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Dr. Holmes is also supported by a Wellcome Trust Clinical Fellowship (WT088217), the Lupina Foundation, and the National Institute for Health Research (NIHR) Oxford Biomedical Research Centre based at Oxford University Hospitals Trust Oxford University. The views expressed are those of the authors and not necessarily those of the National Health Service, the NIHR, or the Department of Health.
From the Department of Psychiatry, University of Oxford, Oxford, U.K.; and the MRC Cognition and Brain Sciences Unit, Cambridge, U.K. Ms. McInerney is an artist in Oxford.
Address correspondence to Dr. Di Simplicio (firstname.lastname@example.org).
Copyright © 2012 by the American Psychiatric Association
Everything you can imagine is real.
Mental images are part of every individual’s internal world. We remember the past and simulate the future through them (1). Imagery is therefore inextricably linked to emotion, and paintings allow artists to communicate their emotional experience evocatively but often ambiguously, as in the image above by Josephine McInerney.
Experiments have demonstrated that generating mental imagery elicits a greater emotional response than verbalizing the same material. This has been attributed to direct neural pathways connecting brain areas responsible for visual and emotional processing. The brain recruits the same regions when viewing either the real or the imagined world. So material that generates imagery can have an additional psychological impact, “as if” reality (2).
Historically, clinical training in psychiatry is biased toward eliciting patients’ verbalization of experience, rather than their mental imagery. Yet powerful and intrusive mental imagery, in the form of flashbacks, is a hallmark of posttraumatic stress disorder, and emotionally significant imagery is now recognized to be common in many other psychiatric disorders (3). Thus, intrusive images of the future, or flash-forwards, commonly accompany suicidality (4). Moreover, some diagnoses are more imagery-prone than others. Compelling mental imagery of the future is strongly associated with bipolar disorder and predicts interepisode mood instability (5). The extension of the bipolar diagnosis toward a spectrum disorder and its common comorbidity with anxiety, substance misuse, and impulse control problems (6) imply a much wider potential significance for imagery in psychopathology than is currently understood.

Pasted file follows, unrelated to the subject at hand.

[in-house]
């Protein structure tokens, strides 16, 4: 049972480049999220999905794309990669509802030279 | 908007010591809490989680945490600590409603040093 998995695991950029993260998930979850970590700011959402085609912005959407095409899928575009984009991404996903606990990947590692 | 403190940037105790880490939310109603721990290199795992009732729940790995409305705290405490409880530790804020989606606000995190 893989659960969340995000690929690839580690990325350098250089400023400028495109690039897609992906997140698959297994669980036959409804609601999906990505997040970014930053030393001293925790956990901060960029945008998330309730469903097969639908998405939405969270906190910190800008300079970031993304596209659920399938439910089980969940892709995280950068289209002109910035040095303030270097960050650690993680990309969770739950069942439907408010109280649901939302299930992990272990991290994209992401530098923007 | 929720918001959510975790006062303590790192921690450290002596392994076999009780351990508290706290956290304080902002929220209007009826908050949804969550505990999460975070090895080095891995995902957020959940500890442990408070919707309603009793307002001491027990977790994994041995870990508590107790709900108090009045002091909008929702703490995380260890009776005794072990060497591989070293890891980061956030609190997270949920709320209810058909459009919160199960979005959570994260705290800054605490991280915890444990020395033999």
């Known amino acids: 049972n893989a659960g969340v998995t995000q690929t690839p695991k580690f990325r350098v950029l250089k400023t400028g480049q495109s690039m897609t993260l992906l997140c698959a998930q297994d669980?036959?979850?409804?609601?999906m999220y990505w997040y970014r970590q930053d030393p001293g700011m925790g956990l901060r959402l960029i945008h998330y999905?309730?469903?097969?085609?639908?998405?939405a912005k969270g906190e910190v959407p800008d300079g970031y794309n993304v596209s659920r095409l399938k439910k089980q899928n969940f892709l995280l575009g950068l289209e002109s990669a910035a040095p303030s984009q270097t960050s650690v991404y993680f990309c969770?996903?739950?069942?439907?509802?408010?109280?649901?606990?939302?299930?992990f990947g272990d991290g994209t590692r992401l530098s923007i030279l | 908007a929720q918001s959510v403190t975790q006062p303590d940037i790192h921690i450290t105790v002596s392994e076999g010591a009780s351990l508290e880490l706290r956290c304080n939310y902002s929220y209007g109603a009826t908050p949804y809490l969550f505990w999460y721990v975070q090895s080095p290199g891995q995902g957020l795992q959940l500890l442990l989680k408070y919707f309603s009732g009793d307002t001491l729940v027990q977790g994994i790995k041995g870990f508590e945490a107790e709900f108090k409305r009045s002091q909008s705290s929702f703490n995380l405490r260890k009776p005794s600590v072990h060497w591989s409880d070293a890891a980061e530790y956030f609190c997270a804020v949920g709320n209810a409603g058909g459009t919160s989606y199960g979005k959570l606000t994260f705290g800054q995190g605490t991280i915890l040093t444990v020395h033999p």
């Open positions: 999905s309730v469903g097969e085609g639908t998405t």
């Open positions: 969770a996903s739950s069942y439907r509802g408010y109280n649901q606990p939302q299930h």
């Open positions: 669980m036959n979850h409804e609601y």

Images are often ambiguous: the same mental image can unfold to reveal a scenario of disaster or victory, and mood will follow the image’s changes. Using words explicitly to accompany mental images can disambiguate them in order to construct helpful meanings. Adopting this approach, Josephine McInerney transposes mental imagery in her drawings and at the same time helps illustrate how mental states can change. For example, if a blue circle represents sadness and a red shape represents excitement, an alternative image can be developed that alters the prominence of either raw emotion. Thus, the blue can be “caged” or the red image “shrunk” mentally: controlling the mental picture provides a functional tool to regulate mood, so that “the blue circle is remaining small and out of the way” (as shown in the figure). To “imagine positively” may be more effective for many individuals than trying to “think positively” by using words.
There are currently not enough “images in psychiatry,” in either clinical assessment or treatment. For example, checking the presence of suicidal flash-forwards, not just “suicidal ideation,” could aid the risk assessment of bipolar patients in crisis (4). If, as we believe, our clinical focus is too much on what can only be spoken, we disregard a crucial aspect of many individuals’ internal world and a cognitive process critically linked to dysfunctional emotions.
Opening our eyes to the mind’s eye could cast light on psychopathological mechanisms underlying emotional disorder and offer us new instruments for treatment.
Drawings are from the series Ward Southern Comfort by Josephine Ellen McInerney (2011, work on paper), Warneford Hospital, Oxford, U.K.
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